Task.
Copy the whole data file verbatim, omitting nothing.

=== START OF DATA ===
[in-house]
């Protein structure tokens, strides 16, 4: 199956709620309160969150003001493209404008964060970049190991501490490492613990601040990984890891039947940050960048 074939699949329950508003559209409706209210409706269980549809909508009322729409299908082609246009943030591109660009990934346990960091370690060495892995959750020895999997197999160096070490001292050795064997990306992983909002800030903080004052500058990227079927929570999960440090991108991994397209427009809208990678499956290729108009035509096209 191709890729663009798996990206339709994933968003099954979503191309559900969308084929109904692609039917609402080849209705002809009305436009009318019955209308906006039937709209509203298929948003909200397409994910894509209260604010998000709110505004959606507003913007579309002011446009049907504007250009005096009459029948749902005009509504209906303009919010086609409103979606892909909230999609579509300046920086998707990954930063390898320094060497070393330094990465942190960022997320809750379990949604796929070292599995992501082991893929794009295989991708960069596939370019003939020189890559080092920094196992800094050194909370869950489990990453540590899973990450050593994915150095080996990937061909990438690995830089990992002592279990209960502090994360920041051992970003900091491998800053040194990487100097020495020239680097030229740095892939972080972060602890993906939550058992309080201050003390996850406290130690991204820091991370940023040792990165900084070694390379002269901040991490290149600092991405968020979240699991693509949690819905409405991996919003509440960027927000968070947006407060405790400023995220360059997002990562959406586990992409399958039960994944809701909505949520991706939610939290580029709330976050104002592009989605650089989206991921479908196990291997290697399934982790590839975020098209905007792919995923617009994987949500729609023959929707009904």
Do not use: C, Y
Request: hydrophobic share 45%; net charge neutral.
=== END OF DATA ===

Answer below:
[in-house]
């Protein structure tokens, strides 16, 4: 199956709620309160969150003001493209404008964060970049190991501490490492613990601040990984890891039947940050960048 074939699949329950508003559209409706209210409706269980549809909508009322729409299908082609246009943030591109660009990934346990960091370690060495892995959750020895999997197999160096070490001292050795064997990306992983909002800030903080004052500058990227079927929570999960440090991108991994397209427009809208990678499956290729108009035509096209 191709890729663009798996990206339709994933968003099954979503191309559900969308084929109904692609039917609402080849209705002809009305436009009318019955209308906006039937709209509203298929948003909200397409994910894509209260604010998000709110505004959606507003913007579309002011446009049907504007250009005096009459029948749902005009509504209906303009919010086609409103979606892909909230999609579509300046920086998707990954930063390898320094060497070393330094990465942190960022997320809750379990949604796929070292599995992501082991893929794009295989991708960069596939370019003939020189890559080092920094196992800094050194909370869950489990990453540590899973990450050593994915150095080996990937061909990438690995830089990992002592279990209960502090994360920041051992970003900091491998800053040194990487100097020495020239680097030229740095892939972080972060602890993906939550058992309080201050003390996850406290130690991204820091991370940023040792990165900084070694390379002269901040991490290149600092991405968020979240699991693509949690819905409405991996919003509440960027927000968070947006407060405790400023995220360059997002990562959406586990992409399958039960994944809701909505949520991706939610939290580029709330976050104002592009989605650089989206991921479908196990291997290697399934982790590839975020098209905007792919995923617009994987949500729609023959929707009904």
Do not use: C, Y
Request: hydrophobic share 45%; net charge neutral.